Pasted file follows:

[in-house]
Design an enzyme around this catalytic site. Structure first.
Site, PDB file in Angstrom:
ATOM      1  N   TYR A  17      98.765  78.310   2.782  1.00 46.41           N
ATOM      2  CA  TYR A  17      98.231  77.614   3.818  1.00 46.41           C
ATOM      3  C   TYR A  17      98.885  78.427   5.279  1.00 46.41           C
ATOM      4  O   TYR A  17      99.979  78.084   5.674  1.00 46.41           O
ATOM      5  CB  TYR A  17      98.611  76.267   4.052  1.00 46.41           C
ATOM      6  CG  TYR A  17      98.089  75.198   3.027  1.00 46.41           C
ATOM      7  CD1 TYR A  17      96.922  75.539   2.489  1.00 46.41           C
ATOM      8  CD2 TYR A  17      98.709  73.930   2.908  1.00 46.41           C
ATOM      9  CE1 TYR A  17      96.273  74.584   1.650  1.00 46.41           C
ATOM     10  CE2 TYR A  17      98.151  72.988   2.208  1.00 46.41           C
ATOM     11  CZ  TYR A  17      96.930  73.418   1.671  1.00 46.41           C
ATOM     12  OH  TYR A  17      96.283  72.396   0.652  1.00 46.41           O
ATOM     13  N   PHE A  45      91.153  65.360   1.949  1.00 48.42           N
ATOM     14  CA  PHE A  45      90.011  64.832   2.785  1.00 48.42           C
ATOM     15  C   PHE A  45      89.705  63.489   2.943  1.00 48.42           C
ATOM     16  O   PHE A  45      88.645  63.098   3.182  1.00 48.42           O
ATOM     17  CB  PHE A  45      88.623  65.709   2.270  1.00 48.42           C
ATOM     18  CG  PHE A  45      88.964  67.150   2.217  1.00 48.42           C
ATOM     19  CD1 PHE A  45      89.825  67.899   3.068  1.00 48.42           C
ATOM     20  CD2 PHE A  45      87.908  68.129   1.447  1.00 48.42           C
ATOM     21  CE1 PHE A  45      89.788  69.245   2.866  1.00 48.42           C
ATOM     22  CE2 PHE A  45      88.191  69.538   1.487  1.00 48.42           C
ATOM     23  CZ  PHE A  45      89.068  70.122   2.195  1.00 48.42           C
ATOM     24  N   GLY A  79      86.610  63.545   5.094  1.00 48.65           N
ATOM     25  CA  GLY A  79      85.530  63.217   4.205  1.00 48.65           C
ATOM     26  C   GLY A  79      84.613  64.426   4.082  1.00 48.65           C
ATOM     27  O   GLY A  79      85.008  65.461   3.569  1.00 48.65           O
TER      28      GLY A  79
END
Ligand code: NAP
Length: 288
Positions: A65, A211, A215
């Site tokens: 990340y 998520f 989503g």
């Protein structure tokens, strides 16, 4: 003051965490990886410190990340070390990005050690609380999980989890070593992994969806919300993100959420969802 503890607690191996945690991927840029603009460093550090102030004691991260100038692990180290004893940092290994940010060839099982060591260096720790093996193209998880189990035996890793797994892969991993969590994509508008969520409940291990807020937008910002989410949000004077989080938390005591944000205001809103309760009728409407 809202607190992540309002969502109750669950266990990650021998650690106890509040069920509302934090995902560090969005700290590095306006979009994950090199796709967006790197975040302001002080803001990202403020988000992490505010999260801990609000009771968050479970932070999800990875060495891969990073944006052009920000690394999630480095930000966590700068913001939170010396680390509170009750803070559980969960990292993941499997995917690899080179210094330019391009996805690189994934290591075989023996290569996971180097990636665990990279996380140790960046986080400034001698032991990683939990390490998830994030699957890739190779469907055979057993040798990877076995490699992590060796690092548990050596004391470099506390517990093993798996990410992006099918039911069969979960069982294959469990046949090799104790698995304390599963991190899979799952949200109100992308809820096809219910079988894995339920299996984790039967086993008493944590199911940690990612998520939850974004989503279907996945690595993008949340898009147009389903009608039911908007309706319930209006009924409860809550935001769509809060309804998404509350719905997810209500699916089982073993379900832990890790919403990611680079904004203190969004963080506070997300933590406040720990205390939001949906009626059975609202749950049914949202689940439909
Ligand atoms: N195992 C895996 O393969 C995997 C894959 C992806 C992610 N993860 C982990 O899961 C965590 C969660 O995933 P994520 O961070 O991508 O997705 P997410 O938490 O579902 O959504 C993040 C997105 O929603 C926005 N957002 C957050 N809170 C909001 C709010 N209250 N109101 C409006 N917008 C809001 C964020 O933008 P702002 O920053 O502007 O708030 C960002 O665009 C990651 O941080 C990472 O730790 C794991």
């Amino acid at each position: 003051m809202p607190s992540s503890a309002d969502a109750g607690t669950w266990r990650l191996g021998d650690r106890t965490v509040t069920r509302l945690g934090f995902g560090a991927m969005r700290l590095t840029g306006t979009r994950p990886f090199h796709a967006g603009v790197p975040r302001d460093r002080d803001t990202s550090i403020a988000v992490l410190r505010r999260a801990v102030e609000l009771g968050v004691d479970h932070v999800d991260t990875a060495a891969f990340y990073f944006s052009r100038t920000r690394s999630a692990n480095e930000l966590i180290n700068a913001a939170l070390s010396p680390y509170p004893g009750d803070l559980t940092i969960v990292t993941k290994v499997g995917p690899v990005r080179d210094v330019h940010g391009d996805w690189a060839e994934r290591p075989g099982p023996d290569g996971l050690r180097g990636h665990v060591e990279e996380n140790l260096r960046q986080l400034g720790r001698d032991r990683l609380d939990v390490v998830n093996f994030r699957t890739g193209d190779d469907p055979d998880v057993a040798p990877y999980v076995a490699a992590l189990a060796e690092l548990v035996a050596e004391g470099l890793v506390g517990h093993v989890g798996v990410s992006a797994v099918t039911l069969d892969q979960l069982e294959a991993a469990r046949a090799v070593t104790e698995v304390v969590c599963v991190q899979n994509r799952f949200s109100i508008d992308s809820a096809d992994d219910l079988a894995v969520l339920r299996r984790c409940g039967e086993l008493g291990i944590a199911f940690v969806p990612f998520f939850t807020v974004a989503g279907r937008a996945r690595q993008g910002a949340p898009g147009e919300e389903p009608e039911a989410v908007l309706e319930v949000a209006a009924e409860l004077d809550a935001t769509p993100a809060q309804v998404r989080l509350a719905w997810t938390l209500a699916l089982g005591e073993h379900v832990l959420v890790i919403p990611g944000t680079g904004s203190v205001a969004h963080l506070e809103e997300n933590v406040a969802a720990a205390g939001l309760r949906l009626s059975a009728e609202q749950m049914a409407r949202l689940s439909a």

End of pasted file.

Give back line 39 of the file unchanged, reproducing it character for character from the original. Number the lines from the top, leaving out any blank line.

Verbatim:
């Amino acid at each position: 003051m809202p607190s992540s503890a309002d969502a109750g607690t669950w266990r990650l191996g021998d650690r106890t965490v509040t069920r509302l945690g934090f995902g560090a991927m969005r700290l590095t840029g306006t979009r994950p990886f090199h796709a967006g603009v790197p975040r302001d460093r002080d803001t990202s550090i403020a988000v992490l410190r505010r999260a801990v102030e609000l009771g968050v004691d479970h932070v999800d991260t990875a060495a891969f990340y990073f944006s052009r100038t920000r690394s999630a692990n480095e930000l966590i180290n700068a913001a939170l070390s010396p680390y509170p004893g009750d803070l559980t940092i969960v990292t993941k290994v499997g995917p690899v990005r080179d210094v330019h940010g391009d996805w690189a060839e994934r290591p075989g099982p023996d290569g996971l050690r180097g990636h665990v060591e990279e996380n140790l260096r960046q986080l400034g720790r001698d032991r990683l609380d939990v390490v998830n093996f994030r699957t890739g193209d190779d469907p055979d998880v057993a040798p990877y999980v076995a490699a992590l189990a060796e690092l548990v035996a050596e004391g470099l890793v506390g517990h093993v989890g798996v990410s992006a797994v099918t039911l069969d892969q979960l069982e294959a991993a469990r046949a090799v070593t104790e698995v304390v969590c599963v991190q899979n994509r799952f949200s109100i508008d992308s809820a096809d992994d219910l079988a894995v969520l339920r299996r984790c409940g039967e086993l008493g291990i944590a199911f940690v969806p990612f998520f939850t807020v974004a989503g279907r937008a996945r690595q993008g910002a949340p898009g147009e919300e389903p009608e039911a989410v908007l309706e319930v949000a209006a009924e409860l004077d809550a935001t769509p993100a809060q309804v998404r989080l509350a719905w997810t938390l209500a699916l089982g005591e073993h379900v832990l959420v890790i919403p990611g944000t680079g904004s203190v205001a969004h963080l506070e809103e997300n933590v406040a969802a720990a205390g939001l309760r949906l009626s059975a009728e609202q749950m049914a409407r949202l689940s439909a």